Entry #80

“Oct 23 – Was at movie when Jap plane snuck in and dropped phosphorus bomb near strip. First time they used it on us. Burns from it are fatal.”

Alright so Mike starts this entry off pretty casually by writing “Was at movie when”. The words that follow completely change the ambiance of this entry.

Mike wrote “Jap plane snuck in and dropped phosphorus bomb near strip.” The reason he wrote the “Jap plane snuck in” is because they most likely were not expecting it, as they were relaxing and watching a movie. This date was also a Monday, so the beginning of the week, and this most likely occurred at night, so I doubt the soldiers were expecting too much. The next part gets very interesting and horrific at the same time. Mike follows this up by writing “dropped phosphorus bomb near strip.”

Just to give a little background / outside information, phosphorus is a chemical that comes in two variants: red and white. This will be very long and off topic, so if you’re not interested I would suggest scrolling down until you skip it.


The periodic symbol for phosphorus.

Red phosphorus is not very harmful, and is not used in purposes directly related to warfare.

red phosphorus

This is what red phosphorus looks like in a powder format.

It is actually used on the outside strip part on some match boxes to help ignite them better. It is also used in flares / smoke bombs (and other similar smoke creating devices), flame retardant, and even used in the creation process of certain drugs. You can read more about some of the uses of red phosphorus here if you’re interested.

On the complete opposite side of the spectrum is white phosphorus. It is incredibly dangerous when in comparison to it’s red counterpart, and is commonly used in warfare, even to this day.


This is what white phosphorus looks like in a powder format.

This chemical is utilized in warfare through two distinct ways: To inflict injuries / casualties or to create a smoke screen. In order for this chemical to damage or kill it’s target during warfare it is placed inside grenades or missiles. When the object explodes the chemical is ignited and creates a thick, white smoke. For a short period of time after the initial explosion the smoke is very deadly. When the chemical comes in contact with a person (whether it be through inhalation or contact with the skin) it can cause third degree burns and beyond. The main reason it is so lethal when used in warfare is because it spreads very quickly, as it’s a gas, meaning it’s very hard to escape from it’s radius. If you’re interested in the uses of white phosphorus throughout history and how it works, you can read about it here.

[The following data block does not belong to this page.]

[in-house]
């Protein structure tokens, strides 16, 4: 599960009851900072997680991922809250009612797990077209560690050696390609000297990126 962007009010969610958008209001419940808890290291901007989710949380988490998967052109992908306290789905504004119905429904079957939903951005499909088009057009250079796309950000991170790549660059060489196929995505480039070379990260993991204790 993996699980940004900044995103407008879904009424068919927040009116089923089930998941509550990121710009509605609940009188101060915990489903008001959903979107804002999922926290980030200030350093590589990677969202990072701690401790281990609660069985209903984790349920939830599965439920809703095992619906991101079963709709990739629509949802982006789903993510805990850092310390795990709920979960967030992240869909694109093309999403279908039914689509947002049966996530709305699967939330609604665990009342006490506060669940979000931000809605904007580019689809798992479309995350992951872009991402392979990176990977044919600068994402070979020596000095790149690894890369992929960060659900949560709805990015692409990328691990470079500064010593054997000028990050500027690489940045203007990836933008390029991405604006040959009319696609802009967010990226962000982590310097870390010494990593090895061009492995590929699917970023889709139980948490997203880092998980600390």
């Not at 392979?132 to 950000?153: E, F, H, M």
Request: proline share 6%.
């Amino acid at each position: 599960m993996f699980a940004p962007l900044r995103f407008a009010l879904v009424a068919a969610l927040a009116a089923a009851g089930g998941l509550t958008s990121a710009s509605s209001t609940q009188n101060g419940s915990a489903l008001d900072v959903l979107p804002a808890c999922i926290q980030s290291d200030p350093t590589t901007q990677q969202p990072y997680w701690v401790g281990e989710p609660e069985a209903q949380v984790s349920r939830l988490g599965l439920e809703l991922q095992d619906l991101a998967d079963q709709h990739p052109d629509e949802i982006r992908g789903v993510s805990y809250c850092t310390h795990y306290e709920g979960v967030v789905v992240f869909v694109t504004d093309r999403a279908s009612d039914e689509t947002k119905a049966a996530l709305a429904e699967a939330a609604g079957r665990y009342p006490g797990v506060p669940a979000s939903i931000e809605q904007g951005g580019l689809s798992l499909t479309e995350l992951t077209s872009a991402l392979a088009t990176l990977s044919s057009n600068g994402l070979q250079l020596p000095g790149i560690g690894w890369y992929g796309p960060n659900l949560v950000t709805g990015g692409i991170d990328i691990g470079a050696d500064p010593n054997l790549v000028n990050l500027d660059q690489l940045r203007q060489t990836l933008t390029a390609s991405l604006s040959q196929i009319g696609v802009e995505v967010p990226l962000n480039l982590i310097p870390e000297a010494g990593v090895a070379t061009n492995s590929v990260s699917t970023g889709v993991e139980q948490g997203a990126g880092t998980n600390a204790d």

It was actually first manufactured into grenade format during WWI and used by Britain. During WWII it was used very frequently by axis and allied forces. From that point forward it has been used in almost every major conflict: Korea, Vietnam, Iraq / Afghanistan, parts of Africa, etc. During Korea and Vietnam it was used by both sides and lead to military and civilian casualties. I will not be talking about it’s use in modern times, as it is a pretty polarized issue, and I want to keep this website free from modern politics and things along those lines, hopefully you can understand.

Don’t worry, I am getting back on track now. Hopefully that you have an understanding of this chemical in warfare, the rest of what Mike wrote will make sense. Mike wrote “dropped phosphorus bomb near strip. First time they used it on us. Burns from it are fatal.” 

This bomb most likely landed semi-close to where Mike and the other soldiers were. The one line Mike wrote; “First time they used it on us.” does not mean this was the first time it was used during WWII. U.S. forces used it against the Germans prior to this, and the Germans used it against U.S. forces prior to this. He either means this was the first time it was used against him and his unit by Japanese forces, or this was the first time it was used by the Japanese against anyone.

As I previously mentioned, it is a very deadly chemical when used in warfare. This is highlighted in the next line Mike wrote: “Burns from it are fatal.” Now did anyone get killed or injured from this specific bombing? That I am not sure of, as Mike did not mention anything about it. If I had to guess, I am thinking there was probably at least one injury, but again that is only a guess.

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If any of this entry confuses you or you would like to know more, feel free to leave a comment below and I would be more than happy to get back to you.

Where I found the periodic symbol of phosphorus image.

Where I found the image of red phosphorus powder.

Where I found the image of white phosphorus powder.

Where I found the image of a white phosphorus bomb striking a Japanese airfield during WWII.

Where I found the image U.S. Army soldiers watching a white phosphorus explosion during WWII.

Where I found the image of white phosphorus shells striking German soldiers during WWII.



3 thoughts on “Entry #80

  1. Pingback: Entry #81 | Mike's Journal

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